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How to Prioritize Your PPC Analysis for Awesome Results

kerschbaum-joe
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Where do you start the analysis process when you detect an issue with your PPC account? How do you determine the root cause of a performance downturn? Answering these questions incorrectly could you lead down a rabbit hole of aimless stats that provide no real solutions.

Once you have established a hypothesis on what has happened to performance, then you need to dig into the stats. Diving straight into the minutia (such as keyword level data) can cause confusion, slow down your ability identify the issue, and cause you to miss other (more important) issues within the account.

Analysis prioritization is critical when diagnosing an ailing account. Knowing where to look within an account for optimization opportunities is just as important as knowing what to do when these opportunities are discovered.

Start at the Top

Initiate your analysis at the highest level of your account. Normally this means at the campaign level. For example, if your CPA is over goal, then you need to concentrate on the campaign that is hindering your performance most.

You should focus on the campaign with the most volume that is providing the weakest returns. Optimizing a campaign with a high CPA that only generates 3 percent of your volume isn’t going to influence your account, but focusing the campaign that produces 24 percent of your volume makes more sense.

Work your way down from the campaign level, into ad groups, ad texts, keywords (for search network campaigns) and placements (for display network campaigns).

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Review the Trending

Don’t base your analysis on a handful of clicks or conversions. Any campaign/ad group/keyword can have a bad day or even a bad week. There can be external factors that influence performance such as seasonal cycles or shifts in the competitive landscape. Determine if the lagging performance looks temporary or if it’s indicative of a bigger problem.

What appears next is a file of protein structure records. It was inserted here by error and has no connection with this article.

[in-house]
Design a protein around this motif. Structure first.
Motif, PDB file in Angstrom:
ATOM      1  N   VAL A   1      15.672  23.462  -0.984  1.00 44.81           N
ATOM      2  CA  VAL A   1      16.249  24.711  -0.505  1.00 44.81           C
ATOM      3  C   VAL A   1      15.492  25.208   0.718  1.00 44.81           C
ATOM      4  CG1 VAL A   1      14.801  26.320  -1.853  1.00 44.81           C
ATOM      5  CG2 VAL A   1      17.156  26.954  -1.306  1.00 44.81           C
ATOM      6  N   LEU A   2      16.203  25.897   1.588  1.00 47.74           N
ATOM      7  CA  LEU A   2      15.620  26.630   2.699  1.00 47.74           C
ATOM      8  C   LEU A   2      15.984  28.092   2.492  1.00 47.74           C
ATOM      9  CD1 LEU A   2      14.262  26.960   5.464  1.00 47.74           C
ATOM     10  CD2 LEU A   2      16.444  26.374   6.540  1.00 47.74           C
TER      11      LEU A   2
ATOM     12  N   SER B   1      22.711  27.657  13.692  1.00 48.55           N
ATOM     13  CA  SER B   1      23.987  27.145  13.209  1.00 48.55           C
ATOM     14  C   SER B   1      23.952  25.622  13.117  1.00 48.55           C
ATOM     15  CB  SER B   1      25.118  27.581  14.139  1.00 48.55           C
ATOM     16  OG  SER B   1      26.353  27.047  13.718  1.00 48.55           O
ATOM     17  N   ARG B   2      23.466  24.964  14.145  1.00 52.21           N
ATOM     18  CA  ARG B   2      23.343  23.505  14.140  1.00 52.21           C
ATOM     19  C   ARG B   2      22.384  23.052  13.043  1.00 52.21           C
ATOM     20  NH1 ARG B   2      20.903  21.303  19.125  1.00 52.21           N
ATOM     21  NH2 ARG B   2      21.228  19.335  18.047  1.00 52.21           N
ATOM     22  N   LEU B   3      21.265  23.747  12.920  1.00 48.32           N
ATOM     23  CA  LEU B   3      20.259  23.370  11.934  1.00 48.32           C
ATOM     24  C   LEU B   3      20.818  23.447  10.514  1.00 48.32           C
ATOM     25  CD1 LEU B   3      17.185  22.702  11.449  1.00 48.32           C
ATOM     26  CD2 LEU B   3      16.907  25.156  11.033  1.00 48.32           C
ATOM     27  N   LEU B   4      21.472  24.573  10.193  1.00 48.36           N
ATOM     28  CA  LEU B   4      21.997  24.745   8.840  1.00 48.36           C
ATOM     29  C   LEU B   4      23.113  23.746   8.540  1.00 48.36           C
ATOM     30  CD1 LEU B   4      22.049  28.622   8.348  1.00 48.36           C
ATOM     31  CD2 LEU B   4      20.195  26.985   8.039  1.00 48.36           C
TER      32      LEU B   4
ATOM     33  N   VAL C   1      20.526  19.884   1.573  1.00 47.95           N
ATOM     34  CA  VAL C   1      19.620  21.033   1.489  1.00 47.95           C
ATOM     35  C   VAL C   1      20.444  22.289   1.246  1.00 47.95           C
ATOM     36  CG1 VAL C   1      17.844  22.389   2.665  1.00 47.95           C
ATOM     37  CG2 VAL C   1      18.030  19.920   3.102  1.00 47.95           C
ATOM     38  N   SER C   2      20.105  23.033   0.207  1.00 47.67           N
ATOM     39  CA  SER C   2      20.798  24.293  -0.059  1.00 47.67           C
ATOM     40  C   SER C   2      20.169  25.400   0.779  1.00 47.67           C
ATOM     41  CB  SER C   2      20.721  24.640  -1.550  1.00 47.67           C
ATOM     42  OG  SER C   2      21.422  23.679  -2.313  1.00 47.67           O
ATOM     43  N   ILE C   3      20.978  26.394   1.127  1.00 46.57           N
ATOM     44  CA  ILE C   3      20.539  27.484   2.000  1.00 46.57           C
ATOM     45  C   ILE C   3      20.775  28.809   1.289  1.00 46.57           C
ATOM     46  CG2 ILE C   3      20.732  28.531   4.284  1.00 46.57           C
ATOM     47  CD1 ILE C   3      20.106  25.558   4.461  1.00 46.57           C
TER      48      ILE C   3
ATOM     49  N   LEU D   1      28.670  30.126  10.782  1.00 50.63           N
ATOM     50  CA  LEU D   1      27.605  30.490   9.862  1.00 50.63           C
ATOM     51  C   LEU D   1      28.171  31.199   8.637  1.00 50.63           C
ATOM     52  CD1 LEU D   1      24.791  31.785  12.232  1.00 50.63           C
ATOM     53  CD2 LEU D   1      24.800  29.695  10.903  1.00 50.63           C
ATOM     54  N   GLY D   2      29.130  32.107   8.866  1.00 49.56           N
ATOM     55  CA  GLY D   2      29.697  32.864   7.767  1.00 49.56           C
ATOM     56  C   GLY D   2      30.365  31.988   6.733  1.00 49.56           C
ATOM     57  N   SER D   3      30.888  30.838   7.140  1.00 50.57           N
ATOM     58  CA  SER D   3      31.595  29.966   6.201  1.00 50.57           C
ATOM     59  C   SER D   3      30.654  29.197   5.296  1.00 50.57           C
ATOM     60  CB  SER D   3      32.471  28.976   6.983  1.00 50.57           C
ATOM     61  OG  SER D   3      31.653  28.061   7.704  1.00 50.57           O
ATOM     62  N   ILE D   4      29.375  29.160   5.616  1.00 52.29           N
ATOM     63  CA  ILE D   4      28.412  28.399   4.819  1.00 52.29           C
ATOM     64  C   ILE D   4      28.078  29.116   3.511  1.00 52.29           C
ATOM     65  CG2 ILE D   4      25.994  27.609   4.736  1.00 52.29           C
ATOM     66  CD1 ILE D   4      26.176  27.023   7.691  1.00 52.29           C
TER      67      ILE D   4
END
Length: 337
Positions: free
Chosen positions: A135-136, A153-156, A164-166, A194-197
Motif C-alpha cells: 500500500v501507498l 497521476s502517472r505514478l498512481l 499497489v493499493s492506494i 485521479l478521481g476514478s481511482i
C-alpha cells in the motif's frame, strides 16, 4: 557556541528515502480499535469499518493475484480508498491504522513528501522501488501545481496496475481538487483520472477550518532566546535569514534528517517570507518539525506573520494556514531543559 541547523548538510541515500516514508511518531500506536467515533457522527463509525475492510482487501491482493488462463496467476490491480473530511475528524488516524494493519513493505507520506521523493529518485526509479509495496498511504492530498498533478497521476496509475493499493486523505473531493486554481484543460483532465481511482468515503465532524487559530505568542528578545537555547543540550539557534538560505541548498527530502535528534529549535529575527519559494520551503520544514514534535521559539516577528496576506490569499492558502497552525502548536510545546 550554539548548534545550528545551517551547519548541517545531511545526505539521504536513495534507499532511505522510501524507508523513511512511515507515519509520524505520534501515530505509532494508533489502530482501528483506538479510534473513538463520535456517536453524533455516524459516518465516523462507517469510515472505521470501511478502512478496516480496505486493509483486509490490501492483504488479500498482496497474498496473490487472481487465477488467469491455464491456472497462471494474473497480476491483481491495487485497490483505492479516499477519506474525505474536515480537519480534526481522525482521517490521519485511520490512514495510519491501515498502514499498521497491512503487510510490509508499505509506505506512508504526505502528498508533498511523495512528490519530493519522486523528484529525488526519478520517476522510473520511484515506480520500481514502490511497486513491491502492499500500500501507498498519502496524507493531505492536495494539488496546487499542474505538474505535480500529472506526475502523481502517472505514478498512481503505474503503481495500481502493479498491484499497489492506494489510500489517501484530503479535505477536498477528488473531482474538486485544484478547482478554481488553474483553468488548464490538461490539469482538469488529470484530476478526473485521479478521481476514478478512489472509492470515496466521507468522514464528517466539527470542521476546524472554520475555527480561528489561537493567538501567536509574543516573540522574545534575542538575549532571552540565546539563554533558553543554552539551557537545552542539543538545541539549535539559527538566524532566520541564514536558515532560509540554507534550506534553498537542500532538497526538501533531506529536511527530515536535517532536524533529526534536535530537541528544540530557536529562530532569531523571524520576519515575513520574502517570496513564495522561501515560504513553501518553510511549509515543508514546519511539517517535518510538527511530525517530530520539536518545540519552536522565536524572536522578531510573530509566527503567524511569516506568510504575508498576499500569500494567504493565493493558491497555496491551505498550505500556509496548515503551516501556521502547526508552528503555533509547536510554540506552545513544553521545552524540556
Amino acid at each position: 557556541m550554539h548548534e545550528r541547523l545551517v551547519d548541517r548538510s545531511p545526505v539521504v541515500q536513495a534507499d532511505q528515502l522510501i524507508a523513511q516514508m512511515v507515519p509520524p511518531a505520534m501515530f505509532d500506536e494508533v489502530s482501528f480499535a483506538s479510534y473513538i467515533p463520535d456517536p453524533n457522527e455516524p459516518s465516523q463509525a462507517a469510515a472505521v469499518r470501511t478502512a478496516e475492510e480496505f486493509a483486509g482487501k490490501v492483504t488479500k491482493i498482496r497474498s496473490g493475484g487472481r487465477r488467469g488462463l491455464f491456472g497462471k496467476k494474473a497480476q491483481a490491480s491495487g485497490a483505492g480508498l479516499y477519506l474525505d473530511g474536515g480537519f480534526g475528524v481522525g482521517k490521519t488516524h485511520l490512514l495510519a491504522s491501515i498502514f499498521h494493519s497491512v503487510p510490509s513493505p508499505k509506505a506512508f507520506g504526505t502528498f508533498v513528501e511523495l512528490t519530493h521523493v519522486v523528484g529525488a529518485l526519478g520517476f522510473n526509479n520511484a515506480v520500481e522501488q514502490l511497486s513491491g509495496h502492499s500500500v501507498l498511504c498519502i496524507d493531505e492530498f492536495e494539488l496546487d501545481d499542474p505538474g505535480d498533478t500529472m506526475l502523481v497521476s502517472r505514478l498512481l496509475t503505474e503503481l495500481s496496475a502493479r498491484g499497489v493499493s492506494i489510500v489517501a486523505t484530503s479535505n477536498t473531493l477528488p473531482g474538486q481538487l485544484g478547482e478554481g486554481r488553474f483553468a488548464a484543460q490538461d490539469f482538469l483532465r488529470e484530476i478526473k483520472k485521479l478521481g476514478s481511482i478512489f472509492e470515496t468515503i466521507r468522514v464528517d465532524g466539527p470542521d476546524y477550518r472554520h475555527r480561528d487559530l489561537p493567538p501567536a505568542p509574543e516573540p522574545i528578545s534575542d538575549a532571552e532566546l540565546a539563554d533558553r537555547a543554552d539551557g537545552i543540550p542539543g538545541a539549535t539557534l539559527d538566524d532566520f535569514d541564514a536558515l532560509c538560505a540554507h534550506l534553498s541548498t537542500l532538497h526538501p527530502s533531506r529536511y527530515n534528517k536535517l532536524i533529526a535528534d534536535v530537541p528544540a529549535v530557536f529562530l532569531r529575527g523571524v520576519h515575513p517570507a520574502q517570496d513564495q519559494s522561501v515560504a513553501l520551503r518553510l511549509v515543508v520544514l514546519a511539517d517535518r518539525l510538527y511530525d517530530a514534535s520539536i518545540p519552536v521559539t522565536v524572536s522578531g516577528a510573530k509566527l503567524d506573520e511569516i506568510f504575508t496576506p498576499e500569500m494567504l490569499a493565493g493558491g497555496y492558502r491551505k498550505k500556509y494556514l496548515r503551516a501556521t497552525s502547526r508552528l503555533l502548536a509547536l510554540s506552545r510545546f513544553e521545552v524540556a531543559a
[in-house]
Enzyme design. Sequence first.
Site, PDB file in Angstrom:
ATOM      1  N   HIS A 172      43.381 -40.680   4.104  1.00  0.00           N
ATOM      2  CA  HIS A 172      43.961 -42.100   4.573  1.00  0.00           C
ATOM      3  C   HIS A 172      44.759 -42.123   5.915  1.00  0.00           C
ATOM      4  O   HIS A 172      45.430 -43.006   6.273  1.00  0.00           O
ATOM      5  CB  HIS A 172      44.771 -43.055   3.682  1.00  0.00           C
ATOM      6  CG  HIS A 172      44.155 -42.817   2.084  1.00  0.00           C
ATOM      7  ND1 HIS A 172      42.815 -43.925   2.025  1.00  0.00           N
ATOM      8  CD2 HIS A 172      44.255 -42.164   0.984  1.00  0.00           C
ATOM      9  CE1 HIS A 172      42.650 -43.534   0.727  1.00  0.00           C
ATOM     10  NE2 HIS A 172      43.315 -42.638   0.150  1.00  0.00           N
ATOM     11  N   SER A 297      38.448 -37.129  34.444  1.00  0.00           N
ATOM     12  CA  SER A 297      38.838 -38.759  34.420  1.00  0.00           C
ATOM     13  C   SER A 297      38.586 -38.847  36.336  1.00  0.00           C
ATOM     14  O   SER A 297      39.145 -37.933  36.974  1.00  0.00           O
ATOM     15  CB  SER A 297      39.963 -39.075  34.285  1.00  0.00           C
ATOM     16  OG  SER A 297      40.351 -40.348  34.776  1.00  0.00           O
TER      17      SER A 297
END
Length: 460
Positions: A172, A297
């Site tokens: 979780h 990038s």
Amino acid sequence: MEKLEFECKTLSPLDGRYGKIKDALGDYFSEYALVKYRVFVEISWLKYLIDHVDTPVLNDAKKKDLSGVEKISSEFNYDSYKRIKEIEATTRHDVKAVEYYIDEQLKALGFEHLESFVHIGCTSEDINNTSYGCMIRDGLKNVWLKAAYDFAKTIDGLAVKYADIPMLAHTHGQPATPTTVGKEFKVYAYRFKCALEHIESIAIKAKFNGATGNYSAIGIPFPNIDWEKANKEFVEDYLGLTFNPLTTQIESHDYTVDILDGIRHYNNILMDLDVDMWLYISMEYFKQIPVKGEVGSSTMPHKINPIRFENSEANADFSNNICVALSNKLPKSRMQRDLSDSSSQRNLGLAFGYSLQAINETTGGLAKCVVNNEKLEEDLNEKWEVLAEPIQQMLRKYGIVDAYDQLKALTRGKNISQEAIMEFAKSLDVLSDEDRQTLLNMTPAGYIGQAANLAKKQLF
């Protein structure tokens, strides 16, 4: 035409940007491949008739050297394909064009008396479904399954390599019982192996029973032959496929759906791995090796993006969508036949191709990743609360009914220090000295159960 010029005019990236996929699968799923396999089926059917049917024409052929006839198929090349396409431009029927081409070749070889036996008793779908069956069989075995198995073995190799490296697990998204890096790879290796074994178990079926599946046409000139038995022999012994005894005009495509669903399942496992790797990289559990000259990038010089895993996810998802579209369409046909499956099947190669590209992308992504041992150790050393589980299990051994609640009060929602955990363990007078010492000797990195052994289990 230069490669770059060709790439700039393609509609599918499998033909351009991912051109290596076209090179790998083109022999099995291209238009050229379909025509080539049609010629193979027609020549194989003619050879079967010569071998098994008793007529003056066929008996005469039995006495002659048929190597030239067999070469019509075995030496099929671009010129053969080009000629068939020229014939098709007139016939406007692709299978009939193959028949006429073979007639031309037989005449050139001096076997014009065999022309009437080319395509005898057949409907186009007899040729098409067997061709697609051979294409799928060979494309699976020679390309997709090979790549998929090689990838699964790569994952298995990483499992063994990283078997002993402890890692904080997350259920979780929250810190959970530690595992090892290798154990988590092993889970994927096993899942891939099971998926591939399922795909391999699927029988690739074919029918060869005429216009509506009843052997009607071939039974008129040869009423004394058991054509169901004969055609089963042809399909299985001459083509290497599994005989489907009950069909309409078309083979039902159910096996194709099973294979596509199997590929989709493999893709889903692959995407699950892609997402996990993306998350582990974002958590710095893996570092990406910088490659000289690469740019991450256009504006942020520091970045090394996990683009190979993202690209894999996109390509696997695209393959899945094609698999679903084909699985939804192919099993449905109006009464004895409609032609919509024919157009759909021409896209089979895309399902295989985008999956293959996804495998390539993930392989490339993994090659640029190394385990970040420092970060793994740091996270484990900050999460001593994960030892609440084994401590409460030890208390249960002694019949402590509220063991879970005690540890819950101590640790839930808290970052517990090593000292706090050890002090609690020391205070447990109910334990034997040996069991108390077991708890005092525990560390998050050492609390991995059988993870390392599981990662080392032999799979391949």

Run a trending report to determine if this campaign/ad group/keyword has a declining performance. To get a snapshot you should look at stats at least two weeks before performance started to suffer.

Extend your analysis out by a month or two to get a more complete view of the trending. You may find that the performance of this particular campaign/ad group has actually been declining gradually.

Determine the Root Cause

As you conduct the trending analysis, you should also be looking for evidence indicating what has caused the issue.

For example, I was analyzing a Display Network campaign within Google AdWords recently. Our overall CPA had increased and I was trying to determine the root cause. During my reporting timeframe (two months) our impressions/clicks had remained steady, CTR hadn’t changed much and our conversion rate had fluctuated only marginally. The root cause was our CPC. It had been rising incrementally over the previous three weeks and this was causing our CPA to suffer. When I started my analysis, I was certain that my conversion rate had decreased – and I was incorrect.

Upon further investigation there were a couple of websites within our GDN distribution that had elevated CPCs. We removed those websites from our general, keyword-targeted distribution and targeted them individually with specific (lowered) bids.

Focus on the Most Impactful Changes

After conducting the trend analysis and determining what the issue’s root cause should be, you need to create a plan-of-action. Focus on the changes that will directly influence the root cause.

For example, if low CTR appears to be the underlying issue but your average position is higher than three, increasing bids isn’t going get you anywhere. To address this issue you may need to look at testing new ads, keyword segmentation, and negative keywords.

Monitor Campaign Changes

Don’t make changes within a campaign and think your work is done. Actually, it’s just beginning. You need to monitor the campaign in order make sure that the proper changes were implemented and performance is trending in the right direction.

If performance doesn’t improve, you may have made drawn the wrong conclusions; made the wrong changes; or the alterations may not have been strong enough.

Optimization efforts shouldn’t be made on the fly. A plan to analyze performance, understand stats within context, and make changes that will impact specific issues should be part of your ongoing campaign management.


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